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June 28, 2017
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  • jules

    I don’t feel much fear about crashing my bike. That may sound like a boast but multiple hospital visits and surgeries mean my loved ones think I’m an idiot. It’s possible they are correct. Most crashes result from you having made an error, or failing to account for an external hazard (usually someone else’s error). Sit down, identify it, and work out how to reduce the risk of it re-occurring. Learn your limits, operate within in them, learn how to expand your limits. Understanding the technique of bike handling, descending, is critical. If you’ve had a crash where you lost the front wheel “for no reason” then that’s bad – there was a reason, and if you don’t know what it was, it’ll probably happen again. Weight distribution, line of sight, grip on the bars, correct line through the corner, relaxed posture – get any of these wrong and your limit is restricted a bit. Get them all wrong and you’re wobbling around, waiting to crash.

    Developing techniques for protecting yourself in a bunch is important. You can’t prevent every crash due to someone else binning it in front of you, but keeping your exit options open, good positioning – these are important for giving yourself (false) confidence in your ability to avoid further crashes. Don’t be a victim – take control, even if it’s not entirely realistic.

    • RacingCondor

      I wish I had your lack of fear. First bad crash I had cost me my ability to corner in the wet (I’m embarrassingly bad, 20ft gaps every tight corner in races) and after smashing my collarbone this summer I’m now finding I can’t descend or ride comfortably in a close bunch.

      Annoying thing is the first crash wasn’t my fault (riders in front went down on a training ride) and while this year’s was my fault I know exactly why so it’s easy to learn from it (rationally).

      For now at least my bike skills suck despite racing many crits and because of better than average positioning, never having crashed in one.

      Rationally I have great situational awareness, good race positioning, can corner OK and out descend almost anyone. Need to work on it to get that mojo back.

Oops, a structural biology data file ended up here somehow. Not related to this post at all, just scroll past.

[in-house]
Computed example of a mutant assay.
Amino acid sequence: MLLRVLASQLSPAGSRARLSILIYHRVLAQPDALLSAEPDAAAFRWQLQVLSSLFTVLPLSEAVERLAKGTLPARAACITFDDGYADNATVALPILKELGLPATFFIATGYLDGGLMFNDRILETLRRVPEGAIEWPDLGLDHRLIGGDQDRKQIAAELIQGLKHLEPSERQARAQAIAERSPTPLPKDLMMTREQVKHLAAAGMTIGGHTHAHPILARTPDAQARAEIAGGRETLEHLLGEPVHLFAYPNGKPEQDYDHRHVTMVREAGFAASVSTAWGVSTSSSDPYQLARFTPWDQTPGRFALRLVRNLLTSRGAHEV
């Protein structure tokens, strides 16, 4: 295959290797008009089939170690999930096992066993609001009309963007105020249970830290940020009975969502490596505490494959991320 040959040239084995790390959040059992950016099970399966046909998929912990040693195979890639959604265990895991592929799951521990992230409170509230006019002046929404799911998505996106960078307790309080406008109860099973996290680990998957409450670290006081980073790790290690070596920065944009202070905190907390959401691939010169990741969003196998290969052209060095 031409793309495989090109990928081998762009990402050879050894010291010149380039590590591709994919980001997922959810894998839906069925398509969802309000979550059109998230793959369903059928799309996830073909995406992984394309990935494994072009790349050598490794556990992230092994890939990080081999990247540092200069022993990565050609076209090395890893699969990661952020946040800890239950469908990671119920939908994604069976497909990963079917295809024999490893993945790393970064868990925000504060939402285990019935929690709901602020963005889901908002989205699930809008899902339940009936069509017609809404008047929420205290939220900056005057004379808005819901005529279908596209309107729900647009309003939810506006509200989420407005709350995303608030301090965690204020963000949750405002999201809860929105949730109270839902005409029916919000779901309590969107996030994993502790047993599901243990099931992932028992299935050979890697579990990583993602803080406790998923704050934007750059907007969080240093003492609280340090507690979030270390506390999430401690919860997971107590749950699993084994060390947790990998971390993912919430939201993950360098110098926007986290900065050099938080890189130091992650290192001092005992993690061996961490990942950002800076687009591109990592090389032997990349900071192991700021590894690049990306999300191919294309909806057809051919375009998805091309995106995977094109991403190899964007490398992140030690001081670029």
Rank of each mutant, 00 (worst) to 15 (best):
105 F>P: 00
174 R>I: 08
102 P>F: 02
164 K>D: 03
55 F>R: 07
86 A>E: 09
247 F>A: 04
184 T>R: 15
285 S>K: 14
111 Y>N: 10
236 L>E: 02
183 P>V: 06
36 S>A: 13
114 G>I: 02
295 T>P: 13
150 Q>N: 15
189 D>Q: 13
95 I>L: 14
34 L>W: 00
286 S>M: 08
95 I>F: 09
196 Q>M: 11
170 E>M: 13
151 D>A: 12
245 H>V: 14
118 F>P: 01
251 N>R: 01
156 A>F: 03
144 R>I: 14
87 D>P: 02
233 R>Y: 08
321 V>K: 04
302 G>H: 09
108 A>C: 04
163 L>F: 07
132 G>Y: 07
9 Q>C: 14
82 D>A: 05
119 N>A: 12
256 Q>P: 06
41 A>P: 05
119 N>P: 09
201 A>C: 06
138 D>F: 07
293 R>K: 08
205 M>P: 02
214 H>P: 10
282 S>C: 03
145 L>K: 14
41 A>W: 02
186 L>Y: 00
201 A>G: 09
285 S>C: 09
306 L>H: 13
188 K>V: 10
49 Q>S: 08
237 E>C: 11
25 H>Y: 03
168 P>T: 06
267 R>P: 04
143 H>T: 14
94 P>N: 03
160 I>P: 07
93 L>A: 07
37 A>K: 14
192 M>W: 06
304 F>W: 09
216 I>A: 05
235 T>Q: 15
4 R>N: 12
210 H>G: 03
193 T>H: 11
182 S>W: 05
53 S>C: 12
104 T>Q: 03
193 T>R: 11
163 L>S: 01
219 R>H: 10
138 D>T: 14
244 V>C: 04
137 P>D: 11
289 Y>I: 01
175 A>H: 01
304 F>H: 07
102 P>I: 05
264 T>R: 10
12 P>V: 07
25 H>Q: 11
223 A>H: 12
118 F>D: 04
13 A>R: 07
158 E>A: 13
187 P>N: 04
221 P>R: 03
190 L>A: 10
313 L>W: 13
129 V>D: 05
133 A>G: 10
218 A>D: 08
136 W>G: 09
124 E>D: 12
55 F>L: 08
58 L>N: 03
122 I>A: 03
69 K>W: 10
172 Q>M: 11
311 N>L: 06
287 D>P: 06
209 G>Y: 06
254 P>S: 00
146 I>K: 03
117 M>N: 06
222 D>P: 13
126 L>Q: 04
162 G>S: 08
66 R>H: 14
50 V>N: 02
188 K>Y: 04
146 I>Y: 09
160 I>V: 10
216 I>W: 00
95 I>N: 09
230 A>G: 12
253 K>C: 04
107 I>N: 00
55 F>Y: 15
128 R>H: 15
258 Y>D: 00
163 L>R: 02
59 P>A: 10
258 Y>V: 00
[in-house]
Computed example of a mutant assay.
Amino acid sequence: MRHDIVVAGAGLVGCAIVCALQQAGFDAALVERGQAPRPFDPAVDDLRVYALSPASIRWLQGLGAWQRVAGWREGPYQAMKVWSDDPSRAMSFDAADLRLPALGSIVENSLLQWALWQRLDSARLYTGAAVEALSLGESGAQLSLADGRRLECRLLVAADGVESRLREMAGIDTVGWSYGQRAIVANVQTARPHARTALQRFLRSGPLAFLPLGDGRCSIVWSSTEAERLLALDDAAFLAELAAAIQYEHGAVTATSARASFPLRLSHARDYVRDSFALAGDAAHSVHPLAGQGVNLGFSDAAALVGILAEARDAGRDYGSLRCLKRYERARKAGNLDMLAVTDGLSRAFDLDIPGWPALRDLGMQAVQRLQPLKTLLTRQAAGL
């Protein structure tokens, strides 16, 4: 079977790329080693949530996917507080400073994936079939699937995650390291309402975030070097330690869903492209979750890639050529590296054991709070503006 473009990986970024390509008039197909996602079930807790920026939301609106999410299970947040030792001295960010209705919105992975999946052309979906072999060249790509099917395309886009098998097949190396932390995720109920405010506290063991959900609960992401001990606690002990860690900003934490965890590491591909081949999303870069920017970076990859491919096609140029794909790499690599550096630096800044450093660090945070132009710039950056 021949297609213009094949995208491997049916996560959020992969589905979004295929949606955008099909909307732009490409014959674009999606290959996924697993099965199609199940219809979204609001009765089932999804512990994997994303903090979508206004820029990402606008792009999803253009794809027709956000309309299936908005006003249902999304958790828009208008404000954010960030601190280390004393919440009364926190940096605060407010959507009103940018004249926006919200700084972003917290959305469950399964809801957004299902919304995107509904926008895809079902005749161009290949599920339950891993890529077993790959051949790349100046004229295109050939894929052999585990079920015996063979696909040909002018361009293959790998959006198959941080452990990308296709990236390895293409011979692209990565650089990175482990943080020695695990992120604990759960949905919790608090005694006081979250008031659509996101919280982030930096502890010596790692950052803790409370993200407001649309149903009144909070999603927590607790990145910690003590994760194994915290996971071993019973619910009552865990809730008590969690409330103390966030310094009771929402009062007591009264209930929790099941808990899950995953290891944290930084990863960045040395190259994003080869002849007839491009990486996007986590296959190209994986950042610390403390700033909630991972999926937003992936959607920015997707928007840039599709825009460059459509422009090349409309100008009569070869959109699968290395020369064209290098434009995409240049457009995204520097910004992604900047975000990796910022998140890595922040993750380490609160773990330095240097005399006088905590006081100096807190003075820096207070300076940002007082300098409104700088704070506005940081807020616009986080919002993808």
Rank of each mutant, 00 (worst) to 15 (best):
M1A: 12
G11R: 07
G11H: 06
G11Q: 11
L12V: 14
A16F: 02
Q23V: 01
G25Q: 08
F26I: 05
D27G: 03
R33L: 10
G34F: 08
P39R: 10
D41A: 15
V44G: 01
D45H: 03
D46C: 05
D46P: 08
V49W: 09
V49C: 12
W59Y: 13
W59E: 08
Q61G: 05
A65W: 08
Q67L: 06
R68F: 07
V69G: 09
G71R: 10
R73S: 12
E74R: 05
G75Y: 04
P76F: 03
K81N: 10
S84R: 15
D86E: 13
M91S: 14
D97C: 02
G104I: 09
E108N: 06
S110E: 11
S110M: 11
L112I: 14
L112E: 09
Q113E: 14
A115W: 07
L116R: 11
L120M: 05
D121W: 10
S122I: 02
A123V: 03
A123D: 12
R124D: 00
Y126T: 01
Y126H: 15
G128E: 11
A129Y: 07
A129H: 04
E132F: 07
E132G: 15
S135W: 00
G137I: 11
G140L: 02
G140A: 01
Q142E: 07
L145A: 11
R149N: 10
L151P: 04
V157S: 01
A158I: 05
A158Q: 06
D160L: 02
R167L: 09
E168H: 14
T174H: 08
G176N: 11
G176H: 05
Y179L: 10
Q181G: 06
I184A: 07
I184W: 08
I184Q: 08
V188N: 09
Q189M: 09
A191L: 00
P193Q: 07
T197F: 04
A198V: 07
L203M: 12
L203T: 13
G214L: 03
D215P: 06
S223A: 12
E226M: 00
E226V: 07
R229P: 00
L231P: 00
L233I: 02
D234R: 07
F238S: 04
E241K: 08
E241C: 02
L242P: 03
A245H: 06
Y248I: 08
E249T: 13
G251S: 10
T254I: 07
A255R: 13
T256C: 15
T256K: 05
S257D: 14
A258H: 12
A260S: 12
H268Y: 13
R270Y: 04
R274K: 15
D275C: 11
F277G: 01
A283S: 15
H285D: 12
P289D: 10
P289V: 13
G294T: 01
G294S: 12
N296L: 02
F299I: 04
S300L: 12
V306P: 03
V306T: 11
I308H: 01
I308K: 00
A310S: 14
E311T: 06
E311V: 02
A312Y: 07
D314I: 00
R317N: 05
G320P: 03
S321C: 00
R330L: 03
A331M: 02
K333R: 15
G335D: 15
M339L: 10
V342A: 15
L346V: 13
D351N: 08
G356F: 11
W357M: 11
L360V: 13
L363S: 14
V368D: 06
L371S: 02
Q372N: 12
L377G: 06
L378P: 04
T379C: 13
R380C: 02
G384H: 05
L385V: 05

• jules

        maybe just practice? I dunno, I could be just 1 crash away from the same mindset. I had a big off while MTBing a few months ago and showing off, over the bars, major skin loss. Ended up in hospital and wounds were so deep the surgeons wanted a good look inside to ensure no dirt living there. What an idiot I was, I thought. for some reason it doesn’t seem to stop me though :) I really am not boasting nor believe it’s necessarily a strength – I cop it hard from the wife when this happens (again)!

        neither am I a handling/cornering guru by any means, but one advantage is that being willing to push it does help you improve. it’s all relative – plenty of riders still leave me eating dust.

        • RacingCondor

          My plan is practice. Club rides in all weather and focus on the problem then back to chain gangs when I’m not going to be erratic.

          Big advantage is that I have access to a track so I can go back to track skills sessions where the whole point is that you’re practising getting closer than you’re happy with.

          Just one of those things though, I know the problem and I’ll work through it if I have to get a coach to do it.

    • Neil

      All true Jules, but completely rational, when often our response isn’t. I had a bad off at the start of the year, and from the moment it happened knew why, and that the reason was easily fixed.
      But my confidence was smashed and some time off the bike resulted in lack of fitness, motivation and a perpetual cycle leading to isolating myself from my riding mates etc.
      All of this was completely non rational, and resulted from an accident that had nothing to do with rider error, that was easily fixed.

      • jules

        It’s not irrational at all Neil. I also lose confidence after I crash – I’m pretty sure everyone does. I just get it back quickly. Fear is a human protective feature – it’s not a malfunction. I’ve had to train myself to be more sensible in assessing risks. Getting older and more mature definitely helps.

  • Dave

    Step 1 to recovering mentally – ask if the bike is okay.

    • winkybiker

      Yes, skin grows back, bones mend. But the bike, that’s a different matter.

  • Phil Stephens

    While recovering from a crash is worth noting, how about realizing crashing is a possibility and trying to better prepare for those scenarios?! Grass-drills, tumbling drills, bumping drills with friends (or better yet, under a structured, coached session) can do much for mental and physical prep. Keep it up AMR.

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